Rural Missouri - May 2018 - 18
Disc golf offers entertainment and exercise for all
by Zach Smith | firstname.lastname@example.org
pring rains muddy the ground. Dreams of
home runs and kite ﬂying are dashed. The
tennis rackets and soccer balls are left by
the door. But four ﬁgures, bags slung over
their shoulders, walk through the park all smiles.
Just ask Stan Balke, Rod Braman, Bob Freudenberg and Will Haenni - all members of the Jefferson City Disc Golf Club - and they'll tell you there's never a bad time to go
As the name suggests the sport bears the most similarity to golf in terms
of rules, gameplay and terminology. It's been around since the 1970s and in
the years since has grown a passionate following. The Professional Disc Golf
Association has more than 100,000 members worldwide. There are about
6,000 disc golf courses in the U.S. and more than 150 in the Show-Me State.
"It's a giant community, more people than you'd think," says Bob. "It's a lot
of fun and it's a great way to get out in nature."
"It's hiking with a purpose," Rod adds with a laugh.
Another similarity between golf and disc golf is in the hardware. A disc golfer's bag contains a variety of tools for different types of throws, but the drivers,
mid-range discs and putters will cost considerably less - usually less than $20
- than their club-shaped counterparts. With discs in hand, you're ready for the
At ﬁrst glance the discs may look similar but each has speciﬁc characteristics. Driver discs are less accurate but more aerodynamic for achieving maximum distance and have an edge for slicing through the air to curve around
obstacles. Putter discs are broad and meant to ﬂy straight for short distances.
Mid-range discs ﬁnd a happy medium between the two, offering the golfer a
blend of accuracy, distance and control.
"You have to add your technique to it as well," says Stan. He points out that
while initial instincts will tell a ﬁrst-time golfer to throw a disc at an angle like
a Frisbee, a ﬂat and fast throw is usually key to making the discs perform their
best. "I can throw every one of the discs in my bag ﬂat and they will do different
Each golfer starts the hole from a designated tee
pad and attempts to land their disc in a chain-link
basket in as few throws as possible. Each hole has a
par designation and the golfer with the lowest number of throws is the winner.
For each hole,
starts play on the
that a basket may
have multiple places
it can be positioned,
depending on the
course, which can
increase the distance and technical difﬁculties
of each hole.
If a disc is
of bounds or in a
water hazard, the golfer receives a drop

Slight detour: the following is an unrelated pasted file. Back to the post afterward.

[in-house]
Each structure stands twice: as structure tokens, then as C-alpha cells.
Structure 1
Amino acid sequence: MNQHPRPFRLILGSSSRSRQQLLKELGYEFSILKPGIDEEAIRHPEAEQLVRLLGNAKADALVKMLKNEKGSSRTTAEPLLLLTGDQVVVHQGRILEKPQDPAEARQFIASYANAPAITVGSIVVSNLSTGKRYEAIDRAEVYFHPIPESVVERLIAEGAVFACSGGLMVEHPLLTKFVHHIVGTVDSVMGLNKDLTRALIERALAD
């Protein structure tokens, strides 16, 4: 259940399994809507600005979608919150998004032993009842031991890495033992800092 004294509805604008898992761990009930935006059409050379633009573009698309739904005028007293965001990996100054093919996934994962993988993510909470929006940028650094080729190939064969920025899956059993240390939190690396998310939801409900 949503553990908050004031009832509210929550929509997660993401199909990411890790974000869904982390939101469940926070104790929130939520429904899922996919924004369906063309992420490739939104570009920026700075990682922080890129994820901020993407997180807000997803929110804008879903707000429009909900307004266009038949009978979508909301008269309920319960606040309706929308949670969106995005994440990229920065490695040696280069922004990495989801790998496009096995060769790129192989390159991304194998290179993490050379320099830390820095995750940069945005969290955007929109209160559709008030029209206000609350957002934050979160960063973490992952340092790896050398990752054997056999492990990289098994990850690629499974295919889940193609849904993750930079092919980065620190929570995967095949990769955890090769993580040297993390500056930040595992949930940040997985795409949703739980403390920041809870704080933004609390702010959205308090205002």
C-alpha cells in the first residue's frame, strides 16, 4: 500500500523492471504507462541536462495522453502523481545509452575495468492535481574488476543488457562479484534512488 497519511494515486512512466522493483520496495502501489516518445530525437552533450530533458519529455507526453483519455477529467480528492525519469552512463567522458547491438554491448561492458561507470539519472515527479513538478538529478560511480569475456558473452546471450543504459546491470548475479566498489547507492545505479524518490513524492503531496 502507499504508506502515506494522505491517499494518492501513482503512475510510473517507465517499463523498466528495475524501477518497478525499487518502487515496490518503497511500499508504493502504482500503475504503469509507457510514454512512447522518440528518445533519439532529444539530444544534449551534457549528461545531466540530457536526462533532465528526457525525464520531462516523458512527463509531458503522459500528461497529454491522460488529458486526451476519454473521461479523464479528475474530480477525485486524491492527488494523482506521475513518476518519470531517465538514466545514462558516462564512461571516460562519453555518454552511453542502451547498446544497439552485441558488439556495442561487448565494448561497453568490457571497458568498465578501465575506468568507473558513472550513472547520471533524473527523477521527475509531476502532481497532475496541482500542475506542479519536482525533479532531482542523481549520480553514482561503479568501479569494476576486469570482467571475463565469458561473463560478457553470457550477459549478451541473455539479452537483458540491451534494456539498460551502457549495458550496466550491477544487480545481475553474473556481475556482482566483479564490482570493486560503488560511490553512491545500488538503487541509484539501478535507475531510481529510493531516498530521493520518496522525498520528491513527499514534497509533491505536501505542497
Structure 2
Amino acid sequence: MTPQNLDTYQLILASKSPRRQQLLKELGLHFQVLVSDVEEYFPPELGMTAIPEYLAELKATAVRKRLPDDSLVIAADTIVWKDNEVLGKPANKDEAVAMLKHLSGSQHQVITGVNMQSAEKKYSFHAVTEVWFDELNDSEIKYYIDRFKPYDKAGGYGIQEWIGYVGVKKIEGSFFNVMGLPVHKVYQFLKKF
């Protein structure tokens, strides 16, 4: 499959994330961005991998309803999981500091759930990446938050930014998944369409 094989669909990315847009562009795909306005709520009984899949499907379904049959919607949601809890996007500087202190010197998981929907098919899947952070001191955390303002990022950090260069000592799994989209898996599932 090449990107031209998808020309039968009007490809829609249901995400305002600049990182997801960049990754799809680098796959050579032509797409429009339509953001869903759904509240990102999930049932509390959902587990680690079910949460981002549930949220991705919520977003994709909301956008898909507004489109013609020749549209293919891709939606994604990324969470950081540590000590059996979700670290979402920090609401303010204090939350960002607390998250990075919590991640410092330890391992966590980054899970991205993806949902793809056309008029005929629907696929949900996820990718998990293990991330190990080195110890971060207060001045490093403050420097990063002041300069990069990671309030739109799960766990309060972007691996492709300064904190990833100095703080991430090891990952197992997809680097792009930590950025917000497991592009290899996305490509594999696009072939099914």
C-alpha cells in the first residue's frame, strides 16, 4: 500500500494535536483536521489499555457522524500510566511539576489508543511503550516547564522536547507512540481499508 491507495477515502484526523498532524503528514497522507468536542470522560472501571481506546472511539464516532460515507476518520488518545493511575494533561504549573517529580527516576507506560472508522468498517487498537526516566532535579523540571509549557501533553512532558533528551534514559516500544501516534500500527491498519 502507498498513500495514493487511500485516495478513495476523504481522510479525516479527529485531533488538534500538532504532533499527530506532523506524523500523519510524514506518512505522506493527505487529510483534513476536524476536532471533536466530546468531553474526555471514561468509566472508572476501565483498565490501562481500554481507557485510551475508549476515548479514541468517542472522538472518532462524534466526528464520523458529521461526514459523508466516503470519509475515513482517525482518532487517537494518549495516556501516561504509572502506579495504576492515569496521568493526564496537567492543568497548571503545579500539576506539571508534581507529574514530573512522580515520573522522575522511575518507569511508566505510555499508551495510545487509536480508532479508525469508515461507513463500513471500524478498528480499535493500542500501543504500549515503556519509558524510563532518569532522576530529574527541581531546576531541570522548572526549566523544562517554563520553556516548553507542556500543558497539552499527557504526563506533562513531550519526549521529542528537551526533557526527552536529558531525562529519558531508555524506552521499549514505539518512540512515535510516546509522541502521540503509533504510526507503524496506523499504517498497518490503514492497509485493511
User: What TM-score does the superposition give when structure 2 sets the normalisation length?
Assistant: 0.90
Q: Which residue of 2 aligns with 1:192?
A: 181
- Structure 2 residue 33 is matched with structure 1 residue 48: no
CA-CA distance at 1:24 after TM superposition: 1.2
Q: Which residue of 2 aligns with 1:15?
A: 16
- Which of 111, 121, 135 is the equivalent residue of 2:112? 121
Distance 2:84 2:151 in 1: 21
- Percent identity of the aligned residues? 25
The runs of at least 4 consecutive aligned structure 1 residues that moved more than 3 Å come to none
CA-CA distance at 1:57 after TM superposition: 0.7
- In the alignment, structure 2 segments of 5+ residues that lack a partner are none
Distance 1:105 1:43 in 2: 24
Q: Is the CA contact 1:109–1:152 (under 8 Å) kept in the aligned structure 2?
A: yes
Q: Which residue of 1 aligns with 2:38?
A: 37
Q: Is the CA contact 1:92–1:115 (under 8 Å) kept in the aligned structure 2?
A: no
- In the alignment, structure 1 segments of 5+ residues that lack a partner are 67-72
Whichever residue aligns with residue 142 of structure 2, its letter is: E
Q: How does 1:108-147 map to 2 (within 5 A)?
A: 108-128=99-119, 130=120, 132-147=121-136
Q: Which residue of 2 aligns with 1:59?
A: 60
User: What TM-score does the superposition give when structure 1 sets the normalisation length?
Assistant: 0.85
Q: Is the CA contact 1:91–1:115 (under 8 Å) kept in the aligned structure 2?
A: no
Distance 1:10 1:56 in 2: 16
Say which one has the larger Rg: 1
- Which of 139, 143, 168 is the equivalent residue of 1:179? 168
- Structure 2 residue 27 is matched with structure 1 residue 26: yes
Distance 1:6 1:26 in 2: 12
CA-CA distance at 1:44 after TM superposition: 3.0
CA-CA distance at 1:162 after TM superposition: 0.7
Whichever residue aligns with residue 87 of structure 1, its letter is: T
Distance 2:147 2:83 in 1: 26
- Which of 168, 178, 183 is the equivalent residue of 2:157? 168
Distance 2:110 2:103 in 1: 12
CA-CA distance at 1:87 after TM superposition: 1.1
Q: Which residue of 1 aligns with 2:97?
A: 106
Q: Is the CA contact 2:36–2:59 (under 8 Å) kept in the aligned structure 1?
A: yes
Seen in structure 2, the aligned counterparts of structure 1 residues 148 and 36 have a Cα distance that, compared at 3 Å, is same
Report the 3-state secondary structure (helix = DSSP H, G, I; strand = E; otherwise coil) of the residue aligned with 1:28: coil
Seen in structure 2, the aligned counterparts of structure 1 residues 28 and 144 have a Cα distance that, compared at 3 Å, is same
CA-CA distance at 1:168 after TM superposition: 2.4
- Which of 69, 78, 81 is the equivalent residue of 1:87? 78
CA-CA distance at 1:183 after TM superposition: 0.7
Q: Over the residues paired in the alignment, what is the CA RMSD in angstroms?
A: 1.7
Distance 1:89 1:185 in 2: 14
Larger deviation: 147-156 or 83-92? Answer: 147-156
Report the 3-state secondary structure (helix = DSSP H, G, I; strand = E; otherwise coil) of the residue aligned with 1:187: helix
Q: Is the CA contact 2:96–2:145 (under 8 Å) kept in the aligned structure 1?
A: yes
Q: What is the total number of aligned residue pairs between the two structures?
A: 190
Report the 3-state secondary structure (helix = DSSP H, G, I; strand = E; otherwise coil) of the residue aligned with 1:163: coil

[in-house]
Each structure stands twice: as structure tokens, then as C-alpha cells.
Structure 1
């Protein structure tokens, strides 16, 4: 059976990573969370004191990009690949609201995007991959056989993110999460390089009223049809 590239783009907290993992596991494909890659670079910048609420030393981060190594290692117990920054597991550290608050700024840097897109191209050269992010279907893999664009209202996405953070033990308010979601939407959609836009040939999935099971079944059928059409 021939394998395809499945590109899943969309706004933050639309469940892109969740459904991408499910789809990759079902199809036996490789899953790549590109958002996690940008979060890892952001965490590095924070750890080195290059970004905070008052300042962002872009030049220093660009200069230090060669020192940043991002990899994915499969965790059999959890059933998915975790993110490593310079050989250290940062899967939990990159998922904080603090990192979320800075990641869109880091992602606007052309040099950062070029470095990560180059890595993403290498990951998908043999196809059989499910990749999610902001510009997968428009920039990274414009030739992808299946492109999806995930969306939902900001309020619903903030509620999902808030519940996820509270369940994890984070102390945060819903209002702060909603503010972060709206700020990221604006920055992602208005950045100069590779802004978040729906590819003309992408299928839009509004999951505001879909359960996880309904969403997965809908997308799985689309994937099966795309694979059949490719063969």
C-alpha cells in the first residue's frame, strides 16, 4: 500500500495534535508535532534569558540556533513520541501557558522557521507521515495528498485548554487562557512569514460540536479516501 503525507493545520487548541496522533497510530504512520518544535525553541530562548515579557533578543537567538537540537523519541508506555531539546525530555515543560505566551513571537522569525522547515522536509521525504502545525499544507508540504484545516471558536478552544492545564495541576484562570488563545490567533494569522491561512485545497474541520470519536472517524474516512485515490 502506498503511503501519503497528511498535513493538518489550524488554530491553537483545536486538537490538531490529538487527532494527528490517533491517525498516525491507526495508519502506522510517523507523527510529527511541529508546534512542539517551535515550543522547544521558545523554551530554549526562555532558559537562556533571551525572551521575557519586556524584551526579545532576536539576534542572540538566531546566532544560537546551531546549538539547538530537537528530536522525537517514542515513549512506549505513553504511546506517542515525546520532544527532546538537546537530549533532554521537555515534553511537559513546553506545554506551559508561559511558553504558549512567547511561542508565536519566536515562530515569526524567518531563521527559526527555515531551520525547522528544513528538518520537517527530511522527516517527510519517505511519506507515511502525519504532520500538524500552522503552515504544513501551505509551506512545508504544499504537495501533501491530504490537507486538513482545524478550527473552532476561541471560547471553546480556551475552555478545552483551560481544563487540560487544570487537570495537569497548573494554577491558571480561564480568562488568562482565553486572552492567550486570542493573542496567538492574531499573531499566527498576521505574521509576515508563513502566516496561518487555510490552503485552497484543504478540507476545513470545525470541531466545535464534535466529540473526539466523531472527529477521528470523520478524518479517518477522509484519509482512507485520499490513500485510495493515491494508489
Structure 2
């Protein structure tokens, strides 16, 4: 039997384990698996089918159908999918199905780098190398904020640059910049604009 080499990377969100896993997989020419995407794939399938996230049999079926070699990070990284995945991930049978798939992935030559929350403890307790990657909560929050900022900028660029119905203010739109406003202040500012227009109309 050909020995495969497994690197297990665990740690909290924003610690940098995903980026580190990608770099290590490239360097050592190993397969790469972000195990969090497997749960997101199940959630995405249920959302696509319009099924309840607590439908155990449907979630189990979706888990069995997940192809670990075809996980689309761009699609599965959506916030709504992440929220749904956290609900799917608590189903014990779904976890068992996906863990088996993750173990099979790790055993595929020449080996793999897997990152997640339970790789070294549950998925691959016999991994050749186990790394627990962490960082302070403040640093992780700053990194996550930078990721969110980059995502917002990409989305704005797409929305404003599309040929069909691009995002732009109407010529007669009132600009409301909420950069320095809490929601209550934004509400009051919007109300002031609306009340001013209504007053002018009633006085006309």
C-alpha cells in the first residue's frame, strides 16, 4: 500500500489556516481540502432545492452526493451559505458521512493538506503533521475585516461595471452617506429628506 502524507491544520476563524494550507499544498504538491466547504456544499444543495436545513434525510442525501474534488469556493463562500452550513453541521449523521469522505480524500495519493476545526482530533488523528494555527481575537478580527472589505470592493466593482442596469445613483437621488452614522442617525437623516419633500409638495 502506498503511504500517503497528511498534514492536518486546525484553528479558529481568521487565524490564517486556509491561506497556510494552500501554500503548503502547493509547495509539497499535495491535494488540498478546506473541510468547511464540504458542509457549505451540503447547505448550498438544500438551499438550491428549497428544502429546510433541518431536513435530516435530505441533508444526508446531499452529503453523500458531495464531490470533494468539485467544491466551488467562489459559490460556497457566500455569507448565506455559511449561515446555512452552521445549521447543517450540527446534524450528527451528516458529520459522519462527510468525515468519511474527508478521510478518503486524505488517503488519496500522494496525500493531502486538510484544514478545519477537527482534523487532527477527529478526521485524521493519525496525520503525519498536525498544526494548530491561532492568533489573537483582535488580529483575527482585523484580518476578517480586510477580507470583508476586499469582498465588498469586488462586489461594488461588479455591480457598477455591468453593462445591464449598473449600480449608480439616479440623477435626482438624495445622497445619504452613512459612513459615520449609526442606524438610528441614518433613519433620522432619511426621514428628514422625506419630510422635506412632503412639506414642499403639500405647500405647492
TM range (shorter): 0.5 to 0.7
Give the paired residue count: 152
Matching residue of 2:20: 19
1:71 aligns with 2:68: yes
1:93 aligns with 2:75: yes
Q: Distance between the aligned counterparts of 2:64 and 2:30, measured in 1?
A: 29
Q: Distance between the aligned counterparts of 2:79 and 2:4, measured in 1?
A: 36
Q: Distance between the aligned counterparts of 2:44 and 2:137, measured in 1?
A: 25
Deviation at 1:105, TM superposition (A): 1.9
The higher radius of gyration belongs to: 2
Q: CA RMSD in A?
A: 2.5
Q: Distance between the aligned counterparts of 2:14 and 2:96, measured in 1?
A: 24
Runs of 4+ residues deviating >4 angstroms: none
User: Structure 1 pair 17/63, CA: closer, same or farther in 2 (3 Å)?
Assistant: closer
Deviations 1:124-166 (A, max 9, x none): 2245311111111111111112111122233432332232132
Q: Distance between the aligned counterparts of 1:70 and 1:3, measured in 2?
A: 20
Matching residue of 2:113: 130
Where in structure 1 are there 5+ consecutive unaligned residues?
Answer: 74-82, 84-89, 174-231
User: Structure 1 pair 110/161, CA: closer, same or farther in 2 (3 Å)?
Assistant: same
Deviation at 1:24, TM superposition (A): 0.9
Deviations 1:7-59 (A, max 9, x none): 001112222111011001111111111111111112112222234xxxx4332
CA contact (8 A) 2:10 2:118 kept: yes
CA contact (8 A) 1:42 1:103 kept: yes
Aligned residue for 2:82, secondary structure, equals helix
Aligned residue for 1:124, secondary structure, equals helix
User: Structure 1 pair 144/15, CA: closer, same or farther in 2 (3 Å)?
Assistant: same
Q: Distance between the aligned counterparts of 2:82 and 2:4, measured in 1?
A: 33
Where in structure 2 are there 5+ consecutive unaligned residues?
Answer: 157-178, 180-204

either 1 meter
RURAL MISSOURI | MAY 2018
in from the boundary or in a designated space.
Throw your disc into the trees - especially during spring and summer - and you'll ﬁnd yourself
coming up with some creative solutions to the disc
golfer's version of the sand trap. It's an assumed hazard of the sport that if you play, you will lose a disc at
some point to the weeds, water or leaves. For that reason players often use a variety of different colored discs
depending on the season and environment they are playing in and write their contact information on each to
help ensure it is returned.
Designing each hole is often determined by the property. Many courses are
located in public parks and the players, their clubs and appropriate parks and
recreation departments work together to map out the layout and decide who
will be in charge of maintenance. Because the players share their area with
other park goers, Stan says a well-designed course not only takes into account
challenging gameplay but also the walking trails, playgrounds and ballﬁelds to
minimize the chance of an accident.
"Safety ﬁrst is the No. 1 consideration," says Stan. "The other things are
elevation and the types of throws. You have to make it fair for everybody, or at
least competitive for them."
Although the sport may not often make national sports news save for a few
highlights aired here and there on ESPN, disc golf clubs have strong ties to local
communities. The Jefferson City club's 75 members come from all over central
Missouri and many hold memberships with other clubs, helping to maintain
their courses and host tournaments. JCDGC's annual Labor Day weekend open
tournament registers around 100 players, and other tournaments are fundraisers for community organizations such as the Samaritan Center or Day Solutions. Stan also is working with Special Olympics Missouri to teach the game to
athletes and add disc golf to the group's list of sports.
But you don't have to be a young Olympian to enjoy the sport. Despite the
rough terrain of most courses, some have ADA-compliant holes. Stan, who has
played in two PDGA Amateur World Championships, points out that one of his
competitors in that tournament was an 86-year-old grandmother.
"I think if it is ever an Olympic sport it will really break out because anybody
can play it," Stan says. "It's good exercise, too."
Another beneﬁt is that unlike regular golf, disc golf can
- and by enthusiasts, often is - played year-round.
In January, Bob and some friends kicked off the new
year with a round of disc golf in the snow and
"That's what I love about it," Rod adds.
"There are no greens fee or tee times -you
just go and play."
For more information on disc golf
or to ﬁnd a course near you visit
There are as many different throws as there
are disc golfers. Clockwise from top left, Bob
Freudenberg, Will Haenni, Rod Braman and Stan
Balke aim for an ace - the sport's equivalent of
the hole in one - at a target on the JC Miller
Disc Golf Course at Binder Lake in Jefferson City.
Table of Contents for the Digital Edition of Rural Missouri - May 2018
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